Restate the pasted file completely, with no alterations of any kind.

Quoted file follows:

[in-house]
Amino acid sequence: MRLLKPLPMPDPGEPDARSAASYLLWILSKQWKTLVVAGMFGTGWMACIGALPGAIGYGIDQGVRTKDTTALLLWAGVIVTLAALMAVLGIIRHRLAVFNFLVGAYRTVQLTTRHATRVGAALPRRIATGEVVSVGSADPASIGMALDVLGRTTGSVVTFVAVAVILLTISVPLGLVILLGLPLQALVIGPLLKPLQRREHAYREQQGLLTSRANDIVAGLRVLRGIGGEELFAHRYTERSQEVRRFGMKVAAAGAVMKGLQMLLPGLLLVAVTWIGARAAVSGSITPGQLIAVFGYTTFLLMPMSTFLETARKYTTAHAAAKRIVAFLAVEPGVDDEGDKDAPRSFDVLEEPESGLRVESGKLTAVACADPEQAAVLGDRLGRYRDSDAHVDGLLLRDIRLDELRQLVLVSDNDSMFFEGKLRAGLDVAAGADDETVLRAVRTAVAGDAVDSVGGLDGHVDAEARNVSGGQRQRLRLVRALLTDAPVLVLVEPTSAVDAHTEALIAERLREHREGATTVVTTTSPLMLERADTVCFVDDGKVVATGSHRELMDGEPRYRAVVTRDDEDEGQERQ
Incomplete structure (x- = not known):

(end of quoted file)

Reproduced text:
[in-house]
Amino acid sequence: MRLLKPLPMPDPGEPDARSAASYLLWILSKQWKTLVVAGMFGTGWMACIGALPGAIGYGIDQGVRTKDTTALLLWAGVIVTLAALMAVLGIIRHRLAVFNFLVGAYRTVQLTTRHATRVGAALPRRIATGEVVSVGSADPASIGMALDVLGRTTGSVVTFVAVAVILLTISVPLGLVILLGLPLQALVIGPLLKPLQRREHAYREQQGLLTSRANDIVAGLRVLRGIGGEELFAHRYTERSQEVRRFGMKVAAAGAVMKGLQMLLPGLLLVAVTWIGARAAVSGSITPGQLIAVFGYTTFLLMPMSTFLETARKYTTAHAAAKRIVAFLAVEPGVDDEGDKDAPRSFDVLEEPESGLRVESGKLTAVACADPEQAAVLGDRLGRYRDSDAHVDGLLLRDIRLDELRQLVLVSDNDSMFFEGKLRAGLDVAAGADDETVLRAVRTAVAGDAVDSVGGLDGHVDAEARNVSGGQRQRLRLVRALLTDAPVLVLVEPTSAVDAHTEALIAERLREHREGATTVVTTTSPLMLERADTVCFVDDGKVVATGSHRELMDGEPRYRAVVTRDDEDEGQERQ
Incomplete structure (x- = not known):